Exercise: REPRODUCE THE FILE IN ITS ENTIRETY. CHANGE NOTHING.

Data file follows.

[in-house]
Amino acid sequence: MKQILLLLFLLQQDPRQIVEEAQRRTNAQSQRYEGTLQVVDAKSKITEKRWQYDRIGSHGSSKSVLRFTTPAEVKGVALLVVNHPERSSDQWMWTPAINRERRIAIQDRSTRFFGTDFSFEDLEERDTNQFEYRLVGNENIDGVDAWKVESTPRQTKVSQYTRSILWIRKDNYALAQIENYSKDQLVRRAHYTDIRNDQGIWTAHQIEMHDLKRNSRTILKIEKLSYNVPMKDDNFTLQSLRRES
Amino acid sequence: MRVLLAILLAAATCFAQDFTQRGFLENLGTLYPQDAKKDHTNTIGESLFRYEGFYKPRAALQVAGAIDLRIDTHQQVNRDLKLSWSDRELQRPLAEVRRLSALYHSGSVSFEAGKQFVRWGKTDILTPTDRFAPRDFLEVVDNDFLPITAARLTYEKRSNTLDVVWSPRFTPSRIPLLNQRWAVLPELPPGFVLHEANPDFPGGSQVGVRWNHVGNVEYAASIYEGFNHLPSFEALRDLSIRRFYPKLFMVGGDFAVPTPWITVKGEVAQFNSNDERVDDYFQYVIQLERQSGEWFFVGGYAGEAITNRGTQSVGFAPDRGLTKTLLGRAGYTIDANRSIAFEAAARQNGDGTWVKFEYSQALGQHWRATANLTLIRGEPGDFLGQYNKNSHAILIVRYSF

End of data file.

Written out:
[in-house]
Amino acid sequence: MKQILLLLFLLQQDPRQIVEEAQRRTNAQSQRYEGTLQVVDAKSKITEKRWQYDRIGSHGSSKSVLRFTTPAEVKGVALLVVNHPERSSDQWMWTPAINRERRIAIQDRSTRFFGTDFSFEDLEERDTNQFEYRLVGNENIDGVDAWKVESTPRQTKVSQYTRSILWIRKDNYALAQIENYSKDQLVRRAHYTDIRNDQGIWTAHQIEMHDLKRNSRTILKIEKLSYNVPMKDDNFTLQSLRRES
Amino acid sequence: MRVLLAILLAAATCFAQDFTQRGFLENLGTLYPQDAKKDHTNTIGESLFRYEGFYKPRAALQVAGAIDLRIDTHQQVNRDLKLSWSDRELQRPLAEVRRLSALYHSGSVSFEAGKQFVRWGKTDILTPTDRFAPRDFLEVVDNDFLPITAARLTYEKRSNTLDVVWSPRFTPSRIPLLNQRWAVLPELPPGFVLHEANPDFPGGSQVGVRWNHVGNVEYAASIYEGFNHLPSFEALRDLSIRRFYPKLFMVGGDFAVPTPWITVKGEVAQFNSNDERVDDYFQYVIQLERQSGEWFFVGGYAGEAITNRGTQSVGFAPDRGLTKTLLGRAGYTIDANRSIAFEAAARQNGDGTWVKFEYSQALGQHWRATANLTLIRGEPGDFLGQYNKNSHAILIVRYSF